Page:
Lake County News-Sun | Funds being raised to open country’s deepest swimming pool in North Chicago


LAKE COUNTY NEWS-SUN Funds being raised to open country’s deepest swimming pool in North Chicago; ‘Oh my gosh, won’t this be amazing’ 

This rendering shows the depth of the pool beneath the building.(Photo courtesy of Diveheart) – Original Credit: News-Sun 

By STEVE SADIN | Lake County News-Sun PUBLISHED: February 16, 2024 at 2:10 p.m. | UPDATED: February 16, 2024 at 2:11 p.m. 

Within four years, the country’s deepest swimming pool — 130 feet — is planned for North Chicago, and it will allow wheelchair users to stand on their own two feet. For more than 25 years, Jim Elliott of Downers Grove has taught scuba diving to people with disabilities. He said he sees them jump into the water, breathe through the tank on their back and stand. “It’s amazing,” Elliott said. “They feel like a superhero jumping off a building and hovering over an intersection. They’re able to get out of their wheelchair and stand. It gives them the feeling there isn’t anything they can’t do.” The deepest pool in the United States — 130 feet — will be part of Diveheart’s planned North Chicago facility. (Photo courtesy of Diveheart)– Original Credit: News-Sun 

Teaching people with disabilities, as well as veterans with PTSD and others how to scuba dive, Elliott said he eventually began helping people on a global scale. In 2001, he founded Diveheart, a not-for-profit corporation devoted to the cause. 

Elliott launched a $300 million fundraising effort Thursday in Deerfield to build and endow Diveheart’s three-pool adaptive scuba and scuba therapy facility in North Chicago, where divers will be able to descend 130 feet below the surface in a controlled environment. Once the money is raised, Elliott said it will take two years to build the therapeutic diving center. He wants the funding for the organization in place both to build it, and create an endowment to assure everyone who can benefit is able. “You have to have an endowment,” he said. “We want to be able to give scholarships to those who need it. You can’t do that without an endowment. Now is the time.” When finished, Elliott said the facility will have three pools. The 130-feet-deep swimming tank will give people an opportunity to experience deep-water diving, with water pressure similar to a more than 10-story depth, but without the chill of the deep or its currents. There will also be what Elliott calls a “starter” pool, similar to what many high schools have. It will be a place where the youth of North Chicago and Waukegan can learn to swim. People can gain the basics of scuba diving there before going into the deep tank. A third, 20-feet-deep, above-ground pool is also planned. It will be divided into two smaller sections and one larger one with tunnels, where Elliott said people can walk through and observe what is happening. “It will be a showcase pool, like an aquarium,” he said. “It will be like a classroom, where people can observe what’s going on. The larger one will be an Olympic-(sized) diving pool.” One person thrilled with the latest addition coming to North Chicago is Mayor Leon Rockingham Jr. He said it will complement life science leaders already there like Abbott, AbbVie and Rosalind Franklin University. “Oh my gosh, won’t this be amazing,” he said. “It’s going to be a real showcase in North Chicago. It will bring the community something to help a lot of people, including our veterans.”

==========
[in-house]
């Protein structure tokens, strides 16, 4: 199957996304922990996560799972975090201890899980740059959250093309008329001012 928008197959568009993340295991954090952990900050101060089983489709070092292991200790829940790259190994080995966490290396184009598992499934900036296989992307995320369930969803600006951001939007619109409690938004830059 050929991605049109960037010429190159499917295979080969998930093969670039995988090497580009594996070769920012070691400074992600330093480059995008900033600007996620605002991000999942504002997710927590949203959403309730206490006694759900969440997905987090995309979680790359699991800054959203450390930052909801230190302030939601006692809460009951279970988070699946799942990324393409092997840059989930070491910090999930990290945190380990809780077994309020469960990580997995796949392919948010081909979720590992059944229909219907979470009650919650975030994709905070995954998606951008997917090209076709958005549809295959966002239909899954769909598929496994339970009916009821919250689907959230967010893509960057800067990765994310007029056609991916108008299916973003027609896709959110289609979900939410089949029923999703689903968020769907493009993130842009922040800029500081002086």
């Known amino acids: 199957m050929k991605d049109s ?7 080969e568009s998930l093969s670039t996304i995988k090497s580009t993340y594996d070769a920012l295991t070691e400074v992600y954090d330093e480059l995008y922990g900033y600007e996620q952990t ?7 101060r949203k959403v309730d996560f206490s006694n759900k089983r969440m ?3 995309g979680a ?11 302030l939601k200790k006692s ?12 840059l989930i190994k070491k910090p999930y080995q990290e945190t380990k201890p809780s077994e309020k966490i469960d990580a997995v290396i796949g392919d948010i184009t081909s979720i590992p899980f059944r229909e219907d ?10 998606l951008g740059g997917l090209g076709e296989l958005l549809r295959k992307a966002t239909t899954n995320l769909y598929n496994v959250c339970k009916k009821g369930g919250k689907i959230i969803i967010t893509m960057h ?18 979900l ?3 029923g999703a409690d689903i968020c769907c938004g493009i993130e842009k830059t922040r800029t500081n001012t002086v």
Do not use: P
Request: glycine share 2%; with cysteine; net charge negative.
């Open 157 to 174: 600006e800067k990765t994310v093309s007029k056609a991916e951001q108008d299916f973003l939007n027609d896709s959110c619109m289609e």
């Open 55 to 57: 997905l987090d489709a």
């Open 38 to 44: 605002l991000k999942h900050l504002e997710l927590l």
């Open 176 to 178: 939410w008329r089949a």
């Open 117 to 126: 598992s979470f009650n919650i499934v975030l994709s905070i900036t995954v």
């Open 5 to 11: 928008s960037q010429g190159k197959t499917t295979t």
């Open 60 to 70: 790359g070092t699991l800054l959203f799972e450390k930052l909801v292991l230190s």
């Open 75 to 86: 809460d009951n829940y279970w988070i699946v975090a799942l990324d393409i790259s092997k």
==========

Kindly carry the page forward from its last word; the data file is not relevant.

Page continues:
With part of the pool above ground, visitors can see people swimming beneath the surface. (Photo courtesy of Diveheart)– Original Credit: 


Kevin Considine, the president and CEO of Lake County Partners, said his organization helped Diveheart find the North Chicago location once they learned about the not-for-profit’s plan for the deep pool. “They have a really unique niche and a great concept,” he said. “It’s really cool these folks are coming to Lake County. They fit in very well with places like Abbott, AbbVie and Rosalind Franklin. It’s a really cool idea.” Seeing the boost wheelchair users and others with physical or other disabilities can do in the water, Elliott said he is looking forward to being able to help people in the facility. “When they get into zero gravity, they start doing things they’ve never been able to do before,” he said. “This (deep) pool will make that happen for so many more people.” Though there are four deeper pools in other parts of the world — the biggest one is 200 feet deep in Dubai –Tinamarie Hernandez, Diveheart’s executive director, said the one that will be built in North Chicago will be the deepest used for therapy. “No one has ever done anything like this before,” Hernandez said. “The others are solely for recreational purposes.” Elliott said in between therapy and classes, Diveheart’s pools may also be used for recreational purposes. 


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